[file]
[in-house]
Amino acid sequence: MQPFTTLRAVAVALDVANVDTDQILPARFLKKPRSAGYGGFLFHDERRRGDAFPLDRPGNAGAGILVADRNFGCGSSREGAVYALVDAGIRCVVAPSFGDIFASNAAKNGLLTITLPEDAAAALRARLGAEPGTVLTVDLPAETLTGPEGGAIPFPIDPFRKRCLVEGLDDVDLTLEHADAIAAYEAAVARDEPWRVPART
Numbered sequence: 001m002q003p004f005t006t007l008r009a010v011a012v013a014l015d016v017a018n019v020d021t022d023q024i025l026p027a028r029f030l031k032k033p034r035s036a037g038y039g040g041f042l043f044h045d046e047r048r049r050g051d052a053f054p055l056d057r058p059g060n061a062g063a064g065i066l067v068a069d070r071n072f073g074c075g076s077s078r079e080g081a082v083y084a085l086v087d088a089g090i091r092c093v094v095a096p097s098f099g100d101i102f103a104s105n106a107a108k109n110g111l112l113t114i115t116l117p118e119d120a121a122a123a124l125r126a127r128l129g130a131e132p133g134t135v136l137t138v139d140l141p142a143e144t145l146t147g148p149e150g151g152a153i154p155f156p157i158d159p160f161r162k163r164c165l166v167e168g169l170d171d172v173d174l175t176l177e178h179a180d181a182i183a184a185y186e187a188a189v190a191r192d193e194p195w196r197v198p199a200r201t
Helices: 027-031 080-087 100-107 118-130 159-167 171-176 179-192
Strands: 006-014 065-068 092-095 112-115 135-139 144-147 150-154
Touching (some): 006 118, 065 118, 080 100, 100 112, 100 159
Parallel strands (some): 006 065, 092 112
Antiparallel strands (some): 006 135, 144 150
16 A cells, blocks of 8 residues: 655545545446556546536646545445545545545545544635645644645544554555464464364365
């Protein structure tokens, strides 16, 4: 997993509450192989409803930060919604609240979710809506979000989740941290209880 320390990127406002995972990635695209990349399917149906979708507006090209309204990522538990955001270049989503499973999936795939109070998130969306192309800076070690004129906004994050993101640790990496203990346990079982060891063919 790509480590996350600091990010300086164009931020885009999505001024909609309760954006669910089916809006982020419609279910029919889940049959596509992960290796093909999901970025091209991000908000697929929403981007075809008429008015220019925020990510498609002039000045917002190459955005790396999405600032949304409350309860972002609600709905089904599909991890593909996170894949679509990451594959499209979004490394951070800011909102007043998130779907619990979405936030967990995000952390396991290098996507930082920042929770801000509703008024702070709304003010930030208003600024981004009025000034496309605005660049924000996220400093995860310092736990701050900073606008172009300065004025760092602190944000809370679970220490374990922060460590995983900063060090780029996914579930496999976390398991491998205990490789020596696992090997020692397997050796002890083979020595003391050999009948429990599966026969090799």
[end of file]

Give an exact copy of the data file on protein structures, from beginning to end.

[in-house]
Amino acid sequence: MQPFTTLRAVAVALDVANVDTDQILPARFLKKPRSAGYGGFLFHDERRRGDAFPLDRPGNAGAGILVADRNFGCGSSREGAVYALVDAGIRCVVAPSFGDIFASNAAKNGLLTITLPEDAAAALRARLGAEPGTVLTVDLPAETLTGPEGGAIPFPIDPFRKRCLVEGLDDVDLTLEHADAIAAYEAAVARDEPWRVPART
Numbered sequence: 001m002q003p004f005t006t007l008r009a010v011a012v013a014l015d016v017a018n019v020d021t022d023q024i025l026p027a028r029f030l031k032k033p034r035s036a037g038y039g040g041f042l043f044h045d046e047r048r049r050g051d052a053f054p055l056d057r058p059g060n061a062g063a064g065i066l067v068a069d070r071n072f073g074c075g076s077s078r079e080g081a082v083y084a085l086v087d088a089g090i091r092c093v094v095a096p097s098f099g100d101i102f103a104s105n106a107a108k109n110g111l112l113t114i115t116l117p118e119d120a121a122a123a124l125r126a127r128l129g130a131e132p133g134t135v136l137t138v139d140l141p142a143e144t145l146t147g148p149e150g151g152a153i154p155f156p157i158d159p160f161r162k163r164c165l166v167e168g169l170d171d172v173d174l175t176l177e178h179a180d181a182i183a184a185y186e187a188a189v190a191r192d193e194p195w196r197v198p199a200r201t
Helices: 027-031 080-087 100-107 118-130 159-167 171-176 179-192
Strands: 006-014 065-068 092-095 112-115 135-139 144-147 150-154
Touching (some): 006 118, 065 118, 080 100, 100 112, 100 159
Parallel strands (some): 006 065, 092 112
Antiparallel strands (some): 006 135, 144 150
16 A cells, blocks of 8 residues: 655545545446556546536646545445545545545545544635645644645544554555464464364365
């Protein structure tokens, strides 16, 4: 997993509450192989409803930060919604609240979710809506979000989740941290209880 320390990127406002995972990635695209990349399917149906979708507006090209309204990522538990955001270049989503499973999936795939109070998130969306192309800076070690004129906004994050993101640790990496203990346990079982060891063919 790509480590996350600091990010300086164009931020885009999505001024909609309760954006669910089916809006982020419609279910029919889940049959596509992960290796093909999901970025091209991000908000697929929403981007075809008429008015220019925020990510498609002039000045917002190459955005790396999405600032949304409350309860972002609600709905089904599909991890593909996170894949679509990451594959499209979004490394951070800011909102007043998130779907619990979405936030967990995000952390396991290098996507930082920042929770801000509703008024702070709304003010930030208003600024981004009025000034496309605005660049924000996220400093995860310092736990701050900073606008172009300065004025760092602190944000809370679970220490374990922060460590995983900063060090780029996914579930496999976390398991491998205990490789020596696992090997020692397997050796002890083979020595003391050999009948429990599966026969090799």